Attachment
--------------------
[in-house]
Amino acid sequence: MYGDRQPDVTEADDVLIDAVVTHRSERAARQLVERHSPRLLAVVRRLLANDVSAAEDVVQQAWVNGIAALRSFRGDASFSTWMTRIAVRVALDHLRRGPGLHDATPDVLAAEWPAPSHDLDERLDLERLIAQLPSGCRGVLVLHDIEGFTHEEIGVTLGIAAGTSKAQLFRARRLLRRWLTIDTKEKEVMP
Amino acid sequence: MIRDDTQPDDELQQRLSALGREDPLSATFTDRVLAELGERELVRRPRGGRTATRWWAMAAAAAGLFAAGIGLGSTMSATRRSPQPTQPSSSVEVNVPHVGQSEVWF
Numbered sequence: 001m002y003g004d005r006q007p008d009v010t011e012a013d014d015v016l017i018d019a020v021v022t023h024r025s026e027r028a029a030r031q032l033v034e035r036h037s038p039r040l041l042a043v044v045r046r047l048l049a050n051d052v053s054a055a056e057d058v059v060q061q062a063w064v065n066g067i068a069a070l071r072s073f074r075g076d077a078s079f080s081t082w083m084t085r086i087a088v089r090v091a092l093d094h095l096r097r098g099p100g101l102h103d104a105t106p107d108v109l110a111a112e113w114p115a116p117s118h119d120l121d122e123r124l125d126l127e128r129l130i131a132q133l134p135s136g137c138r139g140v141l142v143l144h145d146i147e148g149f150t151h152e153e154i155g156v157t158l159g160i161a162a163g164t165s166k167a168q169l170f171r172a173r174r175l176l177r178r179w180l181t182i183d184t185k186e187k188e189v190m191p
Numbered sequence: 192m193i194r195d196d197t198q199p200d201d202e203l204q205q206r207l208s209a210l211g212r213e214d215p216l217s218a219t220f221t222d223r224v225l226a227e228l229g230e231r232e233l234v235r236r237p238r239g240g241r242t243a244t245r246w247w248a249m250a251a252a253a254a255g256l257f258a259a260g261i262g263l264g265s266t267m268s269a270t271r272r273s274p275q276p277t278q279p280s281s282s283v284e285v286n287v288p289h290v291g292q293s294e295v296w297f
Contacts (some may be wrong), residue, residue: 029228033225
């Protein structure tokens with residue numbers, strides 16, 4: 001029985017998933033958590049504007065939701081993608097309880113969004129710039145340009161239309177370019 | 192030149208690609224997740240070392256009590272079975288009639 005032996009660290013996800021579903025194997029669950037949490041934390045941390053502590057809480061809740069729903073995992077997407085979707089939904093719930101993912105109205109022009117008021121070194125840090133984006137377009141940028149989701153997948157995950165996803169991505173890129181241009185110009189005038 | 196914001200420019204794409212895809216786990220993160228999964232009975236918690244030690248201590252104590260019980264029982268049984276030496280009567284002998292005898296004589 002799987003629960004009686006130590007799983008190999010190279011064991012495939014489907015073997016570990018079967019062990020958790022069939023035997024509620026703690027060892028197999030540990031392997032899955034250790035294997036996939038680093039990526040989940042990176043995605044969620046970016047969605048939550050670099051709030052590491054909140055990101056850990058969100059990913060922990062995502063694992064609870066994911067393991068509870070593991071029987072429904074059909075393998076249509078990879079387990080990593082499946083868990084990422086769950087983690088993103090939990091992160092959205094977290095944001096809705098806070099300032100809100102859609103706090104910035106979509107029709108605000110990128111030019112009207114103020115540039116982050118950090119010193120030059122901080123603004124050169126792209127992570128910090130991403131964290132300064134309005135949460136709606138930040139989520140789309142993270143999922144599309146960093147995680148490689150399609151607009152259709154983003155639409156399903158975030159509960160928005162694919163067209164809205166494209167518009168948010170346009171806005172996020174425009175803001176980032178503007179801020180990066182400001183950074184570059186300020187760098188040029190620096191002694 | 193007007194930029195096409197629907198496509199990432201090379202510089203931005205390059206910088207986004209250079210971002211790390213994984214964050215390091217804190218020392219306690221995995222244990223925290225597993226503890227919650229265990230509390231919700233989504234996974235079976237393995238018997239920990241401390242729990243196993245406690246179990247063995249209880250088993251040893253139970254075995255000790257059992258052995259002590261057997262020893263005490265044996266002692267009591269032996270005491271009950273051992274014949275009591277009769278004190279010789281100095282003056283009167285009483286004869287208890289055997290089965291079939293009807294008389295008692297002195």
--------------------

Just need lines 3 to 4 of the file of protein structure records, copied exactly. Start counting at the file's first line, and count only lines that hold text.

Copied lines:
Amino acid sequence: MIRDDTQPDDELQQRLSALGREDPLSATFTDRVLAELGERELVRRPRGGRTATRWWAMAAAAAGLFAAGIGLGSTMSATRRSPQPTQPSSSVEVNVPHVGQSEVWF
Numbered sequence: 001m002y003g004d005r006q007p008d009v010t011e012a013d014d015v016l017i018d019a020v021v022t023h024r025s026e027r028a029a030r031q032l033v034e035r036h037s038p039r040l041l042a043v044v045r046r047l048l049a050n051d052v053s054a055a056e057d058v059v060q061q062a063w064v065n066g067i068a069a070l071r072s073f074r075g076d077a078s079f080s081t082w083m084t085r086i087a088v089r090v091a092l093d094h095l096r097r098g099p100g101l102h103d104a105t106p107d108v109l110a111a112e113w114p115a116p117s118h119d120l121d122e123r124l125d126l127e128r129l130i131a132q133l134p135s136g137c138r139g140v141l142v143l144h145d146i147e148g149f150t151h152e153e154i155g156v157t158l159g160i161a162a163g164t165s166k167a168q169l170f171r172a173r174r175l176l177r178r179w180l181t182i183d184t185k186e187k188e189v190m191p